Description: Enamines are hydrolyzed to ketones/aldehydes by treatment with aqueous acid. This is often performed after the Stork enamine reaction.
Notes: Acid catalyst here is sometimes just written as H+/H2O, or “aqueous acid”, or H3O+, or H2SO4/H2O ; there are many ways of depicting the same thing. A secondary amine is released as well as the ketone/aldehyde. Note that the oxygen of the ketone/aldehyde comes from water.
Notes: Note that “aqueous acid” can be shown several different ways. If a stereocenter is formed (as it is in example 3) it will be formed as a racemic mixture. Hydrolysis of examines is common after the Stork enamine reaction, of which Example 3 could be an example.
Mechanism: Hydrolysis of examines is the exact opposite of their formation! In the first step, protonation on carbon (Step 1, arrows A, B, and C) leads to an iminium ion. Addition of water to the iminium ion (Step 2, arrows D and E) leads to a protonated “hemiaminal”, which then undergoes proton transfer (Step 3, arrows F/G and Step 4, arrows H/I) to give the ammonium ion, which then undergoes elimination (Step 5, arrows J and K). This is then deprotonated by weak base (Step 6, arrows L and M) to give the neutral ketone.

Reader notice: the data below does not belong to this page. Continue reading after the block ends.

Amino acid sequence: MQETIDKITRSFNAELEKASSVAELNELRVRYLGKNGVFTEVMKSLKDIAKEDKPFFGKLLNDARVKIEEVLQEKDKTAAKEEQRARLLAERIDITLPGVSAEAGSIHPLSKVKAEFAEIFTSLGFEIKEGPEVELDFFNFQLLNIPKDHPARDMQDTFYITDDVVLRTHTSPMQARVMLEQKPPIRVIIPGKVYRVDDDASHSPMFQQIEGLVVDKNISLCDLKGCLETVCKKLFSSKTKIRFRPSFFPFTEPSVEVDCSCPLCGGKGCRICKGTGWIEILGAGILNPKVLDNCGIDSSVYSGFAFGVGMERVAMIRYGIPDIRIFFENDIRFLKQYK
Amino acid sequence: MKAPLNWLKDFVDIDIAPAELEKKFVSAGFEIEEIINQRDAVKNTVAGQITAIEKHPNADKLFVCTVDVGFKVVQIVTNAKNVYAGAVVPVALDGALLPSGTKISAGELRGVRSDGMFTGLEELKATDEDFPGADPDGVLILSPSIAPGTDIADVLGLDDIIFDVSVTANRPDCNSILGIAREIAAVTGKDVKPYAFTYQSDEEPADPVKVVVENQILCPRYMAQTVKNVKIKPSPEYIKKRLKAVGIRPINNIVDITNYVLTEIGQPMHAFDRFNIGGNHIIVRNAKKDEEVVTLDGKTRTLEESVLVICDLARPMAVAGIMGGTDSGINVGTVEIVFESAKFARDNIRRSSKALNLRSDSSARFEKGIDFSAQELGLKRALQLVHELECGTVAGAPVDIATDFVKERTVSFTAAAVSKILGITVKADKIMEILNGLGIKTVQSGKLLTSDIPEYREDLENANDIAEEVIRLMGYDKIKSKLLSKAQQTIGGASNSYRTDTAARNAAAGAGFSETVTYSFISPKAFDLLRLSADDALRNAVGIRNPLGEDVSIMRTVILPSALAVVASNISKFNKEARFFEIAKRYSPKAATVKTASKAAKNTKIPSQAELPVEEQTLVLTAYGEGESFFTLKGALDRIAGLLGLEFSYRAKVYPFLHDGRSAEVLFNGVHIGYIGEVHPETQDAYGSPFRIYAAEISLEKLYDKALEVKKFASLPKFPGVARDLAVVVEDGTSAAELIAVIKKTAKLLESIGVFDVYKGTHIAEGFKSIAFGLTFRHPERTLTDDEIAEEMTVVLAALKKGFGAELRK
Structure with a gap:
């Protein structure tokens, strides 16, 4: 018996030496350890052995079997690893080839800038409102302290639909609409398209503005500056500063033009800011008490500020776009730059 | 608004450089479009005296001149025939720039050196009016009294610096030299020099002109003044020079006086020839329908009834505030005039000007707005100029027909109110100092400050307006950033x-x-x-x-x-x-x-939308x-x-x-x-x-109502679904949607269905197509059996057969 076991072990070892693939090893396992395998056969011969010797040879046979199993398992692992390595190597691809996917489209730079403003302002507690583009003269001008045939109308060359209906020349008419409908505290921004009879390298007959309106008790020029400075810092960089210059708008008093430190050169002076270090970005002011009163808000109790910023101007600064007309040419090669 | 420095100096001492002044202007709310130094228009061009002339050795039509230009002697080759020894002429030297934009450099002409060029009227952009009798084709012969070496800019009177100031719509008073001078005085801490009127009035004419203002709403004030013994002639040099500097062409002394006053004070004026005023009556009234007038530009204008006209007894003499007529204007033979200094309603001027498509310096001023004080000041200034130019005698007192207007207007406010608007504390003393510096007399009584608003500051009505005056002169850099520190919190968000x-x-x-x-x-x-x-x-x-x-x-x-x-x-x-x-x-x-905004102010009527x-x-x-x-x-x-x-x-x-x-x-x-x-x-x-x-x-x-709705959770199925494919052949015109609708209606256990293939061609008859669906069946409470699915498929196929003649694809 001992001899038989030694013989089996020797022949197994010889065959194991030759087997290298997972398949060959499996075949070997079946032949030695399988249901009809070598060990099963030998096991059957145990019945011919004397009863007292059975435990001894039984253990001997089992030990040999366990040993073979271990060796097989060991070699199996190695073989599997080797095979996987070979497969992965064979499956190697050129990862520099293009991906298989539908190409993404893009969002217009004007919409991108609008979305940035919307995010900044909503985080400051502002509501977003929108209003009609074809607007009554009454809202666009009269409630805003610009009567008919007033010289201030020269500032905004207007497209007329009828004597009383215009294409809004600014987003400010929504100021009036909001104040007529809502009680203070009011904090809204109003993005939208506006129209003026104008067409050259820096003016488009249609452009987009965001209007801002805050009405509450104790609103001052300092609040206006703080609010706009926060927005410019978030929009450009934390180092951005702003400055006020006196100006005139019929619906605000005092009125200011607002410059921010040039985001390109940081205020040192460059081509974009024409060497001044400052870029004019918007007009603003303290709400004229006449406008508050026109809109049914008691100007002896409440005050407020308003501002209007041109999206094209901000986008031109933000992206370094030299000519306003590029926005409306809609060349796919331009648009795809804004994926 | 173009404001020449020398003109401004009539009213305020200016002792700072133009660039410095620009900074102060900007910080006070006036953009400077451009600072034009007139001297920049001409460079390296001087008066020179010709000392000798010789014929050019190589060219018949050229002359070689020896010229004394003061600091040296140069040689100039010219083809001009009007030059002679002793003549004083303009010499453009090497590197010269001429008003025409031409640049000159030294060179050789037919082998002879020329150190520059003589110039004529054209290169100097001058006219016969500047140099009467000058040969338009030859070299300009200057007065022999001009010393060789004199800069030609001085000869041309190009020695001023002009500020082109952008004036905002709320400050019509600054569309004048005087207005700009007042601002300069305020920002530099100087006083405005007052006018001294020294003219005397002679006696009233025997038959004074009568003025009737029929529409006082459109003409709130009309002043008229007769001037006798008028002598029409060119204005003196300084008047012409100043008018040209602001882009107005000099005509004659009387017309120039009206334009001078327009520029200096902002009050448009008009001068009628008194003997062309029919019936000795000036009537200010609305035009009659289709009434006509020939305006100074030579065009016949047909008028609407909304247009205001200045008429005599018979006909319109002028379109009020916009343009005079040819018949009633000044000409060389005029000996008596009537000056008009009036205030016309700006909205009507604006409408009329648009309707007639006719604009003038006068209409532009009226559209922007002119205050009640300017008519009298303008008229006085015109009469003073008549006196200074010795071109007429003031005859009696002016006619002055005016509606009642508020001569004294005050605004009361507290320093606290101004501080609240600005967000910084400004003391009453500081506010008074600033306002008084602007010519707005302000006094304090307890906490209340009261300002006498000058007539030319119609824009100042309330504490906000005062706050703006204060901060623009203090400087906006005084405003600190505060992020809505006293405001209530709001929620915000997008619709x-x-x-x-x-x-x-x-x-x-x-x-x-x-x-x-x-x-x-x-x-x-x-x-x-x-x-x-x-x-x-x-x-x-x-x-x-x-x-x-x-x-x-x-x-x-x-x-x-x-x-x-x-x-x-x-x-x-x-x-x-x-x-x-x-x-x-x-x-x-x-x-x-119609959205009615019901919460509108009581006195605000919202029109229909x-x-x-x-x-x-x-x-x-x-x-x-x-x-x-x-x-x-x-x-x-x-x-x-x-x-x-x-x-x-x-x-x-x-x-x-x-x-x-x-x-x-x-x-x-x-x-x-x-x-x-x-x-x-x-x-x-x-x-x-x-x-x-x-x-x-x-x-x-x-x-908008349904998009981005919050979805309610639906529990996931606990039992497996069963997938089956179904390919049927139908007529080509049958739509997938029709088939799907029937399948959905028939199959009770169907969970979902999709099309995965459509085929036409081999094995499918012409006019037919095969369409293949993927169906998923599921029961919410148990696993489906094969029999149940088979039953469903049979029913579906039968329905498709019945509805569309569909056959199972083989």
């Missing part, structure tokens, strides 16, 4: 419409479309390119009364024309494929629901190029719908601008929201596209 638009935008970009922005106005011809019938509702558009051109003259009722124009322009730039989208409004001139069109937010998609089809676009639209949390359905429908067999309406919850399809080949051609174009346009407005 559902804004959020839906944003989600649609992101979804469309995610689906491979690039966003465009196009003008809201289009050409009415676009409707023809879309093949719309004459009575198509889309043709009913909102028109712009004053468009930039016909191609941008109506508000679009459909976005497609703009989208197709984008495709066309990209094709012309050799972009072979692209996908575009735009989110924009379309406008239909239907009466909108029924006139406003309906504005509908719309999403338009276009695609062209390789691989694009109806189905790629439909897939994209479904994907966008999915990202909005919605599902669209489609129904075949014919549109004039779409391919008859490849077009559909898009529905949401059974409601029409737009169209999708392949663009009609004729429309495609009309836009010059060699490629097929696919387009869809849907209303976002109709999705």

Notes: Note that sometimes the proton transfer step (steps 3 and 4) can be shown as a single step. Also the exact identity of the base used to deprotonated in step 6 is not crucial – there are many species in solution basic enough to remove this proton (such as water, counter-ion of acids, etc). This is just one possibility.